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Celebrating another D-Day -- Doughnut Day -- and its military origins, but will future sugary snacks face federal fat tax?

Happy National Doughnut Day! 

I know, my first reaction upon learning of today's seemingly light-hearted gustatory event was dismay that it unfortunately fell this year on the very solemn commemoration of D-Day, the landing 70 years ago of more than 160,000 Allied troops to fight Nazi Germany on the beaches of Normandy, France.

D-Day landing courtesy National Archives

This largest seaborne invasion in history on June 6, 1944, was the beginning of the invasion of German-occupied western Europe. It led to the freeing of France from Nazi occupation and was a key to the Allied victory in World War II.

But then I learned that Doughnut Day also has a military connection.

During World War I, Salvation Army officers who went to Europe to comfort U.S. troops did so by talking to the soldiers, helping them write letters home and, yes, bringing them freshly-made doughnuts.

General Mark Clark enjoys a warm Red Cross doughnut during  a break along the WWII Italian Front in 1944_Records of the Office of War InformationThe treats were so welcomed by the members of the military that the Salvation Army reprised its doughnut serving duties during World War II.

The treats were so popular that other military aid organizations also took to handing out the goodies. That's a Red Cross "Donut Dolly" there to the right serving Gen. Mark Clark a warm doughnut during a break in hostilities along the WWII Italian Front in 1944, courtesy of the Records of the Office of War Information and the National Archives.

Here in the United States, the first official Doughnut Day was celebrated on June 7, 1938, in Chicago, as a way for the Salvation Army to raise money its social service ministries during the Depression. That event soon went national.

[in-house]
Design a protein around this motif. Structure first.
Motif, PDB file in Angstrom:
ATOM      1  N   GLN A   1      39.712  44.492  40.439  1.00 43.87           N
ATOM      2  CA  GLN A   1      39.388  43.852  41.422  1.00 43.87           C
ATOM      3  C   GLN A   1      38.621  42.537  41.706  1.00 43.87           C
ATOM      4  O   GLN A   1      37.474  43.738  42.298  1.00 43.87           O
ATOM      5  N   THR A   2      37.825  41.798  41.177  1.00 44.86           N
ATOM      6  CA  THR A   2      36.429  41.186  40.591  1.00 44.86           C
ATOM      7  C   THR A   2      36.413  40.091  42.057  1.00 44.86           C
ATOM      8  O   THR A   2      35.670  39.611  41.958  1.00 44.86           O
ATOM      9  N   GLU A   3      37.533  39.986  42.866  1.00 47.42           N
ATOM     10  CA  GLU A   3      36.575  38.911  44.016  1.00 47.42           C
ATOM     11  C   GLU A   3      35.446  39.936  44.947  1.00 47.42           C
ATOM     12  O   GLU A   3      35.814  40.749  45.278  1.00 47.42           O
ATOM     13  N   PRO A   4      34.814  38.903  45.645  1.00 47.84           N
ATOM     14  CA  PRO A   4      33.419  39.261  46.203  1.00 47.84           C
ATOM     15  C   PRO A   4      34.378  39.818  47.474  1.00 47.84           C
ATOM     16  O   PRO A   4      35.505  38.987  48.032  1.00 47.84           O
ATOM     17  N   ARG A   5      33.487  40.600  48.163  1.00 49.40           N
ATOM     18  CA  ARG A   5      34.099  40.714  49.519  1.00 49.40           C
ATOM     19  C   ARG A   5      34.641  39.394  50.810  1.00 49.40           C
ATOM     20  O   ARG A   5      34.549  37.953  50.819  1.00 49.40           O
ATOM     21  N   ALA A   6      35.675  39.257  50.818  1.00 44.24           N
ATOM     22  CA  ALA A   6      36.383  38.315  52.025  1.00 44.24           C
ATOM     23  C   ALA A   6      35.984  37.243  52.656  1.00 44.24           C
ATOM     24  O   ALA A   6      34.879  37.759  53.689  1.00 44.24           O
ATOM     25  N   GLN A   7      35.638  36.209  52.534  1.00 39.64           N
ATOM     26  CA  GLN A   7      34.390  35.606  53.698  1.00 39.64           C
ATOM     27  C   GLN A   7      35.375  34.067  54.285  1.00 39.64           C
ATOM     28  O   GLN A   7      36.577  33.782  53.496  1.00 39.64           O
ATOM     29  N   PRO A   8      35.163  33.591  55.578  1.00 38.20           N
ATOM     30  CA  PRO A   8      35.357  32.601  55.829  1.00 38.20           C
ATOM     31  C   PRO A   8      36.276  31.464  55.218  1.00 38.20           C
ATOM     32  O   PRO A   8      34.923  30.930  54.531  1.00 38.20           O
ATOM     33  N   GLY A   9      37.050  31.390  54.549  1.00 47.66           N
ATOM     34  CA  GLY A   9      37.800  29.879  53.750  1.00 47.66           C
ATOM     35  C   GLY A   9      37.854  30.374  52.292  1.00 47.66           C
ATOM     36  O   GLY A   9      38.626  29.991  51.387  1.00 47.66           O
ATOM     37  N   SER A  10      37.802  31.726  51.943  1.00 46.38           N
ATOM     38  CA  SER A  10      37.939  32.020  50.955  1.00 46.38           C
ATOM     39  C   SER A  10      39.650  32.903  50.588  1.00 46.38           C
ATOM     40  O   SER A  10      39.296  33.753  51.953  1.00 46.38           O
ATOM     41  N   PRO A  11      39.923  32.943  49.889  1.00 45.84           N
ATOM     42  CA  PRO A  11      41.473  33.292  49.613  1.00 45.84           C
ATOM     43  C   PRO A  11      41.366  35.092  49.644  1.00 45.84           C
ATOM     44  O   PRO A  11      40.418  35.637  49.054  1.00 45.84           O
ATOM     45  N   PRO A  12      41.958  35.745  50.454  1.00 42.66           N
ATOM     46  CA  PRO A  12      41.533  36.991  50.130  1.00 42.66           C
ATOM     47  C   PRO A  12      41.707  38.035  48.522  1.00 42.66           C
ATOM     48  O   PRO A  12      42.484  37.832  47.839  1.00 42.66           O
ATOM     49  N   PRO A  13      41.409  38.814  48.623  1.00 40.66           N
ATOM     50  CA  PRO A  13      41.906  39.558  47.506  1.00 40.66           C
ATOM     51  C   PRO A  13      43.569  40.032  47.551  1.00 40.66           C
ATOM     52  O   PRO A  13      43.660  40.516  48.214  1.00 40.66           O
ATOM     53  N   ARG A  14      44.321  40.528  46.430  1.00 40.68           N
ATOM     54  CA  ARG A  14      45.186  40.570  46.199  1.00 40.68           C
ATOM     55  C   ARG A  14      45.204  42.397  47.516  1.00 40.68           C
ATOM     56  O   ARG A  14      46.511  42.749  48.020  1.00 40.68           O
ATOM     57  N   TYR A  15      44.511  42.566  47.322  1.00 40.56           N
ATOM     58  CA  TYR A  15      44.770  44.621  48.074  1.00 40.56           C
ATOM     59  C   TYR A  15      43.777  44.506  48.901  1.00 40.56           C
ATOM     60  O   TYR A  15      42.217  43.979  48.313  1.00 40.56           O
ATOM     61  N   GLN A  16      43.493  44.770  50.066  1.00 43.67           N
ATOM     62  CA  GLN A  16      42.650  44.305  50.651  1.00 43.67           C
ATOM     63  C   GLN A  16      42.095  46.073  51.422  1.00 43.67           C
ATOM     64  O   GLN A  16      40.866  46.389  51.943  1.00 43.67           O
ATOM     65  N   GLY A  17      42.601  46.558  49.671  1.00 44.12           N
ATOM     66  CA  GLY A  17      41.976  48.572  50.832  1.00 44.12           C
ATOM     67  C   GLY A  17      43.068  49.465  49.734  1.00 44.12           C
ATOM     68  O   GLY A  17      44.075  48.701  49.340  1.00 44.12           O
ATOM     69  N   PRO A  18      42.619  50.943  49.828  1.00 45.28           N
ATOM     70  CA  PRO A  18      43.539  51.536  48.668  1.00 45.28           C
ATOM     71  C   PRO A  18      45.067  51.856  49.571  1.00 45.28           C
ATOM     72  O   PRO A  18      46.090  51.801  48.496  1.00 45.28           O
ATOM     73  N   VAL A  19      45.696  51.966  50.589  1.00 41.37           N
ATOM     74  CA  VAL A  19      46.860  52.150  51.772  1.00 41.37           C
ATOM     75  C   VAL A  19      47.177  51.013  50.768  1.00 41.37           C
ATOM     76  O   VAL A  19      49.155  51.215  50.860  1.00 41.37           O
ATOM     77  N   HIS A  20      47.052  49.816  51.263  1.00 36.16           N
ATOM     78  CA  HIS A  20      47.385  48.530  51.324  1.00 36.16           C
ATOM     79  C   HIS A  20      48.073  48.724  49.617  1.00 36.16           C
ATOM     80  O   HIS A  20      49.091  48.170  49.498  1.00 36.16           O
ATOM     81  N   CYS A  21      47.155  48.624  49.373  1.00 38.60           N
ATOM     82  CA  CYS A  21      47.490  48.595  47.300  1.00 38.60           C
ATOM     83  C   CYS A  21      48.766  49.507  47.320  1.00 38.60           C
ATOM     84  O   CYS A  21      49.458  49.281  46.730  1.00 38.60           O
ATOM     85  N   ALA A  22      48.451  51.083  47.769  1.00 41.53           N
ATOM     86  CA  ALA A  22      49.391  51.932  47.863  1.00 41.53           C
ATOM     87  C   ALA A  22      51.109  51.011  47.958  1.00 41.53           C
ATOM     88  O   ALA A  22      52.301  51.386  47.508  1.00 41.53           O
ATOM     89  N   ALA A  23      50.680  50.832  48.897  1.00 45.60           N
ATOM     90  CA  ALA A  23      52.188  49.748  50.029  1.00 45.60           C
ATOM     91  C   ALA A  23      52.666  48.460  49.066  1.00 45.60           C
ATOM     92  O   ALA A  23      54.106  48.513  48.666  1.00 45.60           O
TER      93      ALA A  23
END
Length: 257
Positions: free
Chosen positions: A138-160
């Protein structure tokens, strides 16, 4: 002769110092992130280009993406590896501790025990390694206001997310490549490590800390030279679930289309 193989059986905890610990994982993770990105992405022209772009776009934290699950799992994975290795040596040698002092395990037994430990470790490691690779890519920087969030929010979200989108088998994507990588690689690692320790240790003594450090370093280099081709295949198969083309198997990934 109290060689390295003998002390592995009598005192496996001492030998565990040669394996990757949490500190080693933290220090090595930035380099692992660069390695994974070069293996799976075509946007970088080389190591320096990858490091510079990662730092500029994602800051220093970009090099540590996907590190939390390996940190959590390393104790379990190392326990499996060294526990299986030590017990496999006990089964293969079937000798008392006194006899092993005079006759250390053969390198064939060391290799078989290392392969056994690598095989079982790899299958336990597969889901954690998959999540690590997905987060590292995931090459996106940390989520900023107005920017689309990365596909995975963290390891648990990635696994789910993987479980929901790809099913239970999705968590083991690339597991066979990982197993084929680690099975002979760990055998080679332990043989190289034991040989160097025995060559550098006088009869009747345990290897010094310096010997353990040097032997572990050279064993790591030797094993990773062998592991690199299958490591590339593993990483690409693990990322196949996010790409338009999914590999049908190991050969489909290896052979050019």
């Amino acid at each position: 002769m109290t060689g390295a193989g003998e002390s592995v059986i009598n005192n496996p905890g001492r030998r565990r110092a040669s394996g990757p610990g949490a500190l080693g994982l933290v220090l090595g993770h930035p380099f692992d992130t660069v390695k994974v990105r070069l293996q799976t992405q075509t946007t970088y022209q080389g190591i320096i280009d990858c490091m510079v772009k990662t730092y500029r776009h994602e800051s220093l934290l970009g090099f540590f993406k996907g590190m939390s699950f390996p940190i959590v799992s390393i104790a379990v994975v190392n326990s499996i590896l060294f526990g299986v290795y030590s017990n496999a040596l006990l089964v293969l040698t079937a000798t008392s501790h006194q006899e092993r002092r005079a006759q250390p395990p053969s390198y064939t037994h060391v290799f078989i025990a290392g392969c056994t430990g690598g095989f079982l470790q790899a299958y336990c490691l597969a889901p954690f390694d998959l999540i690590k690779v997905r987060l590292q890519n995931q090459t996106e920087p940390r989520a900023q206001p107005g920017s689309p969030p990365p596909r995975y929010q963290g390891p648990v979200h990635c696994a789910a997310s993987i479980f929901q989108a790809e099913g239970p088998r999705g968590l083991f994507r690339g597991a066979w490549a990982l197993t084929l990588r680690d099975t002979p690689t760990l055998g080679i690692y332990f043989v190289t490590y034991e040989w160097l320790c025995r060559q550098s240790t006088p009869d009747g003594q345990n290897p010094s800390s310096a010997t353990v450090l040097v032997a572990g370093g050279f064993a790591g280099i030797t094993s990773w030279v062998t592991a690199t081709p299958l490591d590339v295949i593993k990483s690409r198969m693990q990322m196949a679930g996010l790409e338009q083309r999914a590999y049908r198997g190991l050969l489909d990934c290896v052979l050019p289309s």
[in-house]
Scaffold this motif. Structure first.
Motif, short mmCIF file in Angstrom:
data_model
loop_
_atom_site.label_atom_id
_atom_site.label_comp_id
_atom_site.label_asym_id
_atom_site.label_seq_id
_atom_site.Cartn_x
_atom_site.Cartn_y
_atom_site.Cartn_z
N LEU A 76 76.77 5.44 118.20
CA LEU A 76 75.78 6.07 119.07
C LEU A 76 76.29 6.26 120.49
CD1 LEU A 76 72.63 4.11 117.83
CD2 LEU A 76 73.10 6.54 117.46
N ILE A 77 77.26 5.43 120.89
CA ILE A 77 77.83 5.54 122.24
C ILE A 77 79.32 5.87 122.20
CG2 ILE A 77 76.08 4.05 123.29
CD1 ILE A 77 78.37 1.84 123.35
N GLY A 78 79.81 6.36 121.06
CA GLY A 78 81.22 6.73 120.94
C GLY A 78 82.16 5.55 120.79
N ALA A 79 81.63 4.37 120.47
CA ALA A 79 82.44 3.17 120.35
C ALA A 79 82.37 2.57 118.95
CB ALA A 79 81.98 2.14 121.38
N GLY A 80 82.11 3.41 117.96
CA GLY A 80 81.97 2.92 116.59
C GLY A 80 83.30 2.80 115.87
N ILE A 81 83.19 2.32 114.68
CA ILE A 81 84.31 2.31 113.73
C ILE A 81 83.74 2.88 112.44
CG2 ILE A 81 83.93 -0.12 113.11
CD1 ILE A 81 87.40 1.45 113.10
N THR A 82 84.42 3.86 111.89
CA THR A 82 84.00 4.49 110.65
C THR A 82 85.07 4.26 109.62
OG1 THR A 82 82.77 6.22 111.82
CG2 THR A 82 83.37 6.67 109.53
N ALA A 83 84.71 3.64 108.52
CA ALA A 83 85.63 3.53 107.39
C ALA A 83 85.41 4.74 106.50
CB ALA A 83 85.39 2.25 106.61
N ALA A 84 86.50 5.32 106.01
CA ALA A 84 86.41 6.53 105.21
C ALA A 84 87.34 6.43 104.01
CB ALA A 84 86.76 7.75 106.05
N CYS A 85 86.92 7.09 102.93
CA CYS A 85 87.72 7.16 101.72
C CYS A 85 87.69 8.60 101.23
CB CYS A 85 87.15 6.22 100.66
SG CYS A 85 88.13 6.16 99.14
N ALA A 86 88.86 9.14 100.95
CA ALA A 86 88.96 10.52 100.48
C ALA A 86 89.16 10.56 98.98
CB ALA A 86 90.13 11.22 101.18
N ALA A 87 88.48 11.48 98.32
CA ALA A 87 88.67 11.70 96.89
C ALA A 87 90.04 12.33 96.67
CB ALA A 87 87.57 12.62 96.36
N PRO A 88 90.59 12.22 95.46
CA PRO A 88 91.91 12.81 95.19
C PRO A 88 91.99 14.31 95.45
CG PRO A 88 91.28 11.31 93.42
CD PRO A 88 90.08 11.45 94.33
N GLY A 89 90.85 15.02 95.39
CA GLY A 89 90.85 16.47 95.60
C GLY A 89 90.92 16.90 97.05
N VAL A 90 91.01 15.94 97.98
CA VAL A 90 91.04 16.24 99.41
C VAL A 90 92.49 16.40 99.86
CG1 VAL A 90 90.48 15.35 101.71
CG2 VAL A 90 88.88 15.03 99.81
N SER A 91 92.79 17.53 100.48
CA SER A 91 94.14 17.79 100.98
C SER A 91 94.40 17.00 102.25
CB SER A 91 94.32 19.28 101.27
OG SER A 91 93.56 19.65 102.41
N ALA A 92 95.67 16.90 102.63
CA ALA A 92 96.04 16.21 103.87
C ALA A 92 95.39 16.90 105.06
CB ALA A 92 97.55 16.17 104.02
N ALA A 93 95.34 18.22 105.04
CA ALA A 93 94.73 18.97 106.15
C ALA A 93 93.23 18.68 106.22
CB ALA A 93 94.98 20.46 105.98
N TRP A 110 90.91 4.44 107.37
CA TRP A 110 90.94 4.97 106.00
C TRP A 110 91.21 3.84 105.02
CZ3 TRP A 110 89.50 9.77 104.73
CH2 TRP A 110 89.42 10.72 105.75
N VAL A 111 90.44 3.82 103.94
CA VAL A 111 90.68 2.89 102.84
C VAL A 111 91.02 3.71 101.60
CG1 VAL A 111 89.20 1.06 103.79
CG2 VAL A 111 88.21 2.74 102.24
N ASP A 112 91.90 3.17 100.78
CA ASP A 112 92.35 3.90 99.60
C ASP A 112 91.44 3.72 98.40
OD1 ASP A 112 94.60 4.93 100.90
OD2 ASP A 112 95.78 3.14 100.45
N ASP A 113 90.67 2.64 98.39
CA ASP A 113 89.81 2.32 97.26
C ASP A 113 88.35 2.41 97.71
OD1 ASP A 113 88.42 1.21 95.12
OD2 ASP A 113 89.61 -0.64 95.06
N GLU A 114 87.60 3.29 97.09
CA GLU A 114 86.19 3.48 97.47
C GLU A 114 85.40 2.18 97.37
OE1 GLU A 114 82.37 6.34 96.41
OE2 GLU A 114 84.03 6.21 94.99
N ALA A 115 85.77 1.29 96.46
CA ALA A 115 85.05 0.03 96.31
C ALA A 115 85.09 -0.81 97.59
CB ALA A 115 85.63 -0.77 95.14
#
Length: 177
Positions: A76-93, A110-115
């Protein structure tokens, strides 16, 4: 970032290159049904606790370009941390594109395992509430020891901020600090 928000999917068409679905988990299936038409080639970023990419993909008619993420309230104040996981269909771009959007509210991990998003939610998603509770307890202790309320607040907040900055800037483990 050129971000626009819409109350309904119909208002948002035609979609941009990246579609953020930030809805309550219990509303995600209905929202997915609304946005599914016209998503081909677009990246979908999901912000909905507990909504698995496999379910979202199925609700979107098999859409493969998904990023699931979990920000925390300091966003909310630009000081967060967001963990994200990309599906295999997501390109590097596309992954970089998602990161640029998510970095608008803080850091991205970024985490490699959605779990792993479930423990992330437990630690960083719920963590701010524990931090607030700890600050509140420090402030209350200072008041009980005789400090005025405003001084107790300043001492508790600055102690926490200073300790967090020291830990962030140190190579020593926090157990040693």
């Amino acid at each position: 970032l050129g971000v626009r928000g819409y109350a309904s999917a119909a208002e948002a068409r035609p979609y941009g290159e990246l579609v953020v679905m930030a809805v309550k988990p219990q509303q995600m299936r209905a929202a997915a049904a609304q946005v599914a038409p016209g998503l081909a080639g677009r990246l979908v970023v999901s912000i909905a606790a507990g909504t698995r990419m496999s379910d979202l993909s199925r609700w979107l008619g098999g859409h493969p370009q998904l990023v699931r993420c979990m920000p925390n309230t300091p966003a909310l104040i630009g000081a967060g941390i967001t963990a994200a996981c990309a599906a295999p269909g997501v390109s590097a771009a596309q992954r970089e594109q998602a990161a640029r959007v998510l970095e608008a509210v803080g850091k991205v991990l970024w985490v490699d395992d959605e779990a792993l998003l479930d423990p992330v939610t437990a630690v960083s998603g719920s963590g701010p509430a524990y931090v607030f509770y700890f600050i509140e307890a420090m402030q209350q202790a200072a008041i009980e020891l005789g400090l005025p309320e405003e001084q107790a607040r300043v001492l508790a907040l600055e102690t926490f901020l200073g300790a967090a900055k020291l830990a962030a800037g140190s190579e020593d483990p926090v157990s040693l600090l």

Now the first Friday in June is designated as a day to celebrate the fried dough treats and the people who served them to U.S. soldiers in battle.

Frequent fat tax efforts: No one would begrudge any of our service men and women any treat that makes their sacrifices even a tiny bit more tolerable.

It's a different story, however, for us civilians who are scarfing down calorie-heavy doughnuts and other fattening food. 

Public health groups are continually prodding governments to take steps to encourage us to eat healthier food or discourage us from indulging in goodies that contribute to excess poundage.

Such moves are generally at the state or local levels, although First Lady Michele Obama has made national awareness of nutritional food choices her prime project.

Now a couple of members of Congress also have joining the better eating effort at the federal level.

Tax break elimination to fight childhood obesity: Sen. Tom Harkin (D-Iowa) and Sen. Richard Blumenthal (D-Conn.) want to increase taxes on companies that market so-called junk food to kids. Money from the tax would go to the existing federal Fresh Fruit and Vegetable Program, which helps pay for the purchase of healthy snacks for school kids.

"Our nation is facing a childhood obesity crisis that demands our urgent attention, and one effective way of combating this epidemic is to ensure that our children are not confronted by persistent advertising from soda, snack, and candy makers," Harkin said. "Given the enormous public health costs associated with childhood obesity, our bill promotes healthier lifestyles.

Blumenthal said the federal tax legislation is needed because American children are getting fat in large part because companies are allowed to deduct from their tax bill the cost of marketing high-calorie foods and beverages.

"By eliminating the nonsensical tax loophole allowing companies to write off the cost of marketing junk food and sugary beverages to children, the Stop Subsidizing Childhood Obesity Act will encourage companies to put their creative talents toward promoting nutritious foods, and bring in revenue that will be put to good use -- providing fresh fruits and vegetables for elementary school children," said Blumenthal.

Harkin's and Blumenthal's bill, S. 2342, would require the federal government to enter into a contract with the Institute of Medicine, which then would determine, within a year of the bill's enactment, which foods and which brands are to be targeted by the law.

A companion bill, H.R. 2831, has been introduced in the House by Rosa DeLauro (D-Conn.).

Stiff opposition: While the goal is laudable, don't expect the Stop Subsidizing Childhood Obesity Act to become law any time soon.

Most Republicans and some Democrats think that Uncle Sam already is too intrusive in our personal choices.

Schools are worried that changes in their dietary programs would be too costly.

There's also concern that the in addition to potentially raising taxes on a wide range of supermarket food products, it could affect fast food operations.

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